The cost savings and flexibility of VoIP mean that it is an increasingly popular option for businesses. One of the things that worries firms intending to make the switch, however, is what happens to their existing phone numbers.
With the old ISDN network due to be switched off in a few years, this is a problem more and more companies are facing, but fortunately there is a solution.
In the UK phone numbers are issued by the regulator, Ofcom. These are given to service providers in batches, and individual numbers or blocks are then allocated to customers. At the moment there are around 600 companies in the UK that hold batches of phone numbers.
When you switch to a wholesale voice termination provider, your number needs to move from the original issuer to the new provider. The way this usually works is that calls are still sent to the original network provider and then get forwarded to the new one.
The Porting Process
So you’ve decided to take advantage of wholesale VOIP termination rates available through https://www.idtexpress.com, but how do you go about porting your numbers? First, you need to check which numbers are live with your current service provider. When the number moves to your VoIP provider, the old service will stop. If the line is used for any extra services like alarm monitoring, this will stop too, so you need to check carefully.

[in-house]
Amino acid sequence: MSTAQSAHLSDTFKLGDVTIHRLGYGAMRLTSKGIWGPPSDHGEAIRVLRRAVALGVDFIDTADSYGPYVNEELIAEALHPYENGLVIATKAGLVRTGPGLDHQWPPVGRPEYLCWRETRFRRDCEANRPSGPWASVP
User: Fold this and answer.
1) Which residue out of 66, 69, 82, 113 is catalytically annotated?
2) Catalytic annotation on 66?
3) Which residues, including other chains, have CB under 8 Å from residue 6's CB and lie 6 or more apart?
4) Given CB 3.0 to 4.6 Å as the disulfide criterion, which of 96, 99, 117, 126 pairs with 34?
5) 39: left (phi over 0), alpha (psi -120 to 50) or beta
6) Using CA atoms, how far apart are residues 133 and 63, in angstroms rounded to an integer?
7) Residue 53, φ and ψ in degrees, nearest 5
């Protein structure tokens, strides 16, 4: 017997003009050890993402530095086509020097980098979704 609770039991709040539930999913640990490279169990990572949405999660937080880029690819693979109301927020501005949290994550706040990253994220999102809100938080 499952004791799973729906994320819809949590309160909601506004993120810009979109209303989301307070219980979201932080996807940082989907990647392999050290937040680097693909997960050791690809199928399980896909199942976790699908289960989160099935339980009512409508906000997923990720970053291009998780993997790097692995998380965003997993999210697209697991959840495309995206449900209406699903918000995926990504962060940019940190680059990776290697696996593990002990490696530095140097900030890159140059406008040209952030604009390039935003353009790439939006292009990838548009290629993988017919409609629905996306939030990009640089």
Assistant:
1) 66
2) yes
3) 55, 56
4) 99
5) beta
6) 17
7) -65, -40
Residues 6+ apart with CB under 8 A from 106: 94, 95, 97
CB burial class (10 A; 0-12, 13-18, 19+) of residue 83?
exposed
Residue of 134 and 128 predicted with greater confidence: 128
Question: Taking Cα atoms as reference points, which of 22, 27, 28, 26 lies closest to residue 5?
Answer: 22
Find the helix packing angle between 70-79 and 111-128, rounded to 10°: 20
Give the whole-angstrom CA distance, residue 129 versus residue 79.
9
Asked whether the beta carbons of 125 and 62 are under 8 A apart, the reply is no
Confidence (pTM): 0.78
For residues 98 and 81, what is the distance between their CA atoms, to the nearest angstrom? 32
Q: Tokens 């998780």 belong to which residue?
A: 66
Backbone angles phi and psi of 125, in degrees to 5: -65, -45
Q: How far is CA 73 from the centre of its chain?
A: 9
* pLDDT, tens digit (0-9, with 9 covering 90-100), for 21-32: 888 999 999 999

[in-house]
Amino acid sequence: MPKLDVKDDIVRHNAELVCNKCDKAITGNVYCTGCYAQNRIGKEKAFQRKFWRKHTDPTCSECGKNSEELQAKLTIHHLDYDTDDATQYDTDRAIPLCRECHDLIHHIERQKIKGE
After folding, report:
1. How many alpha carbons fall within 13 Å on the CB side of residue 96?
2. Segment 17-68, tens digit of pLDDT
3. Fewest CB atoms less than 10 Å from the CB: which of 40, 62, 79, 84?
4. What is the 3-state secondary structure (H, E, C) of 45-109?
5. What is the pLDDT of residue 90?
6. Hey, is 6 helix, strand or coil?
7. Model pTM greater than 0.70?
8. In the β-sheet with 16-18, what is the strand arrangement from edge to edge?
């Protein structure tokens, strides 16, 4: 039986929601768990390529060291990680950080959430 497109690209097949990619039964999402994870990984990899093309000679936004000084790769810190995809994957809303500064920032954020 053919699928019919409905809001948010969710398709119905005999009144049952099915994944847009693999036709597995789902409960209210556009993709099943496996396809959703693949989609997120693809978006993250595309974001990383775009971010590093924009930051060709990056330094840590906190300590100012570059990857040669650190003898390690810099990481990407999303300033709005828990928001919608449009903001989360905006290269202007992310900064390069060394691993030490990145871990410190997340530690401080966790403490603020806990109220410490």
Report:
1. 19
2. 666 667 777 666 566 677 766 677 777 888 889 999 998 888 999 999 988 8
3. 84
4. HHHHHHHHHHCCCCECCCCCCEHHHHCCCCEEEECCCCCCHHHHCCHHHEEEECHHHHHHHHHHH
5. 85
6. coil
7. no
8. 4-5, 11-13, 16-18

Don’t tell the existing provider you want to cease the number – this may lead to you losing it altogether. They will be notified by your new provider as part of the porting process. When you’re ready to go, you will need to give your new provider a signed agreement to go ahead. They will then give the old provider a ‘letter of authority’ to show they are authorised to proceed.
There is a lead time to port numbers, usually about 10 to 30 working days. Make sure that you plan for this or you risk being left without a telephone service. If you need the transfer to take place on a certain date or outside working hours, this is often possible but is likely to incur an additional charge.
Your new VoIP provider should be able to guide you through what’s involved in the porting process, making it as seamless as possible.